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Published On: Fri, Nov 3rd, 2017

US economy adds 261K jobs, unemployment continues to drop to 17-year low

The U.S. economy added 261,000 jobs in October, meeting expectations that the country had rebounded from the impact of Hurricanes Harvey and Irma, and the jobless rate ticked down to 4.1 percent — the lowest level since 2000.

Andrew Chamberlain, chief economist at Glassdoor, said that “It was a bounce back after the weak jobs figures from the hurricanes — the same pattern we saw with Hurricane Katrina in 2005.”

photo: photologue_np via Flickr

The leisure and hospitality industry was the big employment-gain leader for the month (106K), followed by professional and business services industry, which added 50,000 jobs.

“Employment in food services and drinking places increased sharply, mostly offsetting a decline in September that largely reflected the impact of Hurricanes Irma and Harvey,” the Bureau of Labor Statistics said Friday. CNBC published a great graph illustrating the growth by sector, click HERE.

After the incredible crash at the beginning of the Obama administration, the unemployment figure jumped to 10.1 in 2010 and has dropped steadily since.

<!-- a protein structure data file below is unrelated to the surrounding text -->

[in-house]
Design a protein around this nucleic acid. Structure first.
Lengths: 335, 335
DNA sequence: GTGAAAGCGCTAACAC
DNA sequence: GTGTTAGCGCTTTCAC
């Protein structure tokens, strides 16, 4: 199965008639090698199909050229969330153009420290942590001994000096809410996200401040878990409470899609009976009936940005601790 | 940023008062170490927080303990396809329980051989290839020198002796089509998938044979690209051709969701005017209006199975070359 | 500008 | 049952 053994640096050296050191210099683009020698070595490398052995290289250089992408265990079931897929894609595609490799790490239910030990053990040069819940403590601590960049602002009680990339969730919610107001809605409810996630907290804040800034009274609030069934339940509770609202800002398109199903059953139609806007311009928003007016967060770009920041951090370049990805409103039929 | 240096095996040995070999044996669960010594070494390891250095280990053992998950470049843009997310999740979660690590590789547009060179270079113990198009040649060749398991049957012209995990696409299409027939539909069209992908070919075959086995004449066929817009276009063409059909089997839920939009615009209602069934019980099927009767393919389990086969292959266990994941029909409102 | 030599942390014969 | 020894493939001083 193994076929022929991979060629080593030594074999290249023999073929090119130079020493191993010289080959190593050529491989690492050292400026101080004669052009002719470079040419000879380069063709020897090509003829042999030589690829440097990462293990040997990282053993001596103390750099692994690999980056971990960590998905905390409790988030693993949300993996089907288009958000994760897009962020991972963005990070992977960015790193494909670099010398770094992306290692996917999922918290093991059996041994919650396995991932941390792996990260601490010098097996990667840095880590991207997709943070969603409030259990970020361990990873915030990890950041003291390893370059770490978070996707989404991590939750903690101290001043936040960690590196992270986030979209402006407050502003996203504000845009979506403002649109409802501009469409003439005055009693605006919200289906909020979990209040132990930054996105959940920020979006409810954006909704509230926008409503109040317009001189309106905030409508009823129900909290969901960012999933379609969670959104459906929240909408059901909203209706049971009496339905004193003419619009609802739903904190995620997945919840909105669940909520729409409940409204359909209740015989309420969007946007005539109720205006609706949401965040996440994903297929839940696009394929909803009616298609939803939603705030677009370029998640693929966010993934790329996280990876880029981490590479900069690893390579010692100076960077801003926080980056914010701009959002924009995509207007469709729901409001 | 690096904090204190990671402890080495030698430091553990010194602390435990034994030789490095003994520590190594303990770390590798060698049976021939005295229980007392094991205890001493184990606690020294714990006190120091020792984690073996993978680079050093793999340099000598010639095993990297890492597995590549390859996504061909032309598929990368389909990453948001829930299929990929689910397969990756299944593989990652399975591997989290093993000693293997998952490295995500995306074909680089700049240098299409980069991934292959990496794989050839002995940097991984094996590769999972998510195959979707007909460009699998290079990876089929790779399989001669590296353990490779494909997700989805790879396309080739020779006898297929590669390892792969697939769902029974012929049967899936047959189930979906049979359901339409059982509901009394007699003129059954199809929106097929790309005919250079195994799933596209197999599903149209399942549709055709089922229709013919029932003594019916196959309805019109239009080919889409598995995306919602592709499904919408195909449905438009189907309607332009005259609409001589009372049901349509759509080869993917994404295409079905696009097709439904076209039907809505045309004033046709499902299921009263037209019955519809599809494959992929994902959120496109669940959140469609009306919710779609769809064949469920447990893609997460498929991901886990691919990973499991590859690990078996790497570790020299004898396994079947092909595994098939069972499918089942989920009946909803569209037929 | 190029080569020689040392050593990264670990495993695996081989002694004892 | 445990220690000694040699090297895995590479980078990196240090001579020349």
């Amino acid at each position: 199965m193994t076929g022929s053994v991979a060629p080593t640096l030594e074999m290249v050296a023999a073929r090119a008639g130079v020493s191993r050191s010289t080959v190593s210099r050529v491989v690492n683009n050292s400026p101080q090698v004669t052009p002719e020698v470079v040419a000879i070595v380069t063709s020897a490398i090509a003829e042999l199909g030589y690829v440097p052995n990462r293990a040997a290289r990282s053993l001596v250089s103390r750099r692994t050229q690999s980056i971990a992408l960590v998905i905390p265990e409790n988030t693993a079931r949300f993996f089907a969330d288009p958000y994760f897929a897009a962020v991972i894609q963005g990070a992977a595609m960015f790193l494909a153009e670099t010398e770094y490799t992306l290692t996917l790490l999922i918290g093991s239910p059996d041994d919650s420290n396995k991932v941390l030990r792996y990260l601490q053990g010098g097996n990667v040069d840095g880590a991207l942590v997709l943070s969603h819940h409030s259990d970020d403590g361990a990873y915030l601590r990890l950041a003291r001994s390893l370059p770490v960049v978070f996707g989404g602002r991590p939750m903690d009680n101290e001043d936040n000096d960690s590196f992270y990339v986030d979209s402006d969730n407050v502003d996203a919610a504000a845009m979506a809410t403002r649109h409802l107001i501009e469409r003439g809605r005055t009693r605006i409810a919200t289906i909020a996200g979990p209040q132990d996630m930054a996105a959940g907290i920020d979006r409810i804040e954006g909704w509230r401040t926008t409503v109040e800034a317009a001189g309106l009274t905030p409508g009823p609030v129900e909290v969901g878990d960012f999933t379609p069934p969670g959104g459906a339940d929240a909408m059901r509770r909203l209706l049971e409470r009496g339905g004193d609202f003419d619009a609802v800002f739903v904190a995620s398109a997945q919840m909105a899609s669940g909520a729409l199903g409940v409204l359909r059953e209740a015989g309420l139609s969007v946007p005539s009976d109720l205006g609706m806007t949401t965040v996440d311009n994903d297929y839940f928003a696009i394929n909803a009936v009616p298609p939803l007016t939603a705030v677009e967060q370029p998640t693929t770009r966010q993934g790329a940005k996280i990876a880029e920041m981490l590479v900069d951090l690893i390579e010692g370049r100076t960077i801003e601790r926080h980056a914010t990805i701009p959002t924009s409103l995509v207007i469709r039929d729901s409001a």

In terms of wages, federal economists say that the average hourly earnings for all employees on private nonfarm payrolls — which had risen by 12 cents in September — dropped by 1 cent to $26.53. That rate has risen by only 63 cents, or 2.4 percent, over the past 12 months.

Year-over-year wage growth, though, sank to 2.4 percent, according to Friday’s report from the Bureau of Labor Statistics.

“Economists have been watching the wage numbers closely,” NPR’s Chris Arnold reports for our Newscast unit, “and hoping to see Americans getting more money in their pockets. But this report doesn’t show any relief from pretty anemic wage growth.”

The government breaks down the unemployment demographics:

“Among the major worker groups, the unemployment rates for adult women (3.6 percent) and Whites (3.5 percent) declined in October. The jobless rates for adult men (3.8 percent), teenagers (13.7 percent), Blacks (7.5 percent), Asians (3.1 percent), and Hispanics (4.8 percent) showed little change.”

The Labor Department unit also says that there were 524,000 discouraged workers in October, reflecting no meaningful change from one year earlier.

Image/QuinceMedia via pixabay

About the Author

- Writer and Co-Founder of The Global Dispatch, Brandon has been covering news, offering commentary for years, beginning professional in 2008 on sites like Examiner and blogs: Desk of Brian, Crazed Fanboy. Appearing on several radio shows, Brandon has hosted Dispatch Radio, written his first novel (The Rise of the Templar) will be a licensed Assembly of God Pastor by the Spring of 2017. "Why do we do this?" I was asked and the answer is simple. "I just want the truth. I want a source of information that tells me what's going and clearly attempts to separate opinion from fact. Set aside left and right, old and young, just point to the world and say, 'Look!'" To Contact Brandon email [email protected] ATTN: BRANDON

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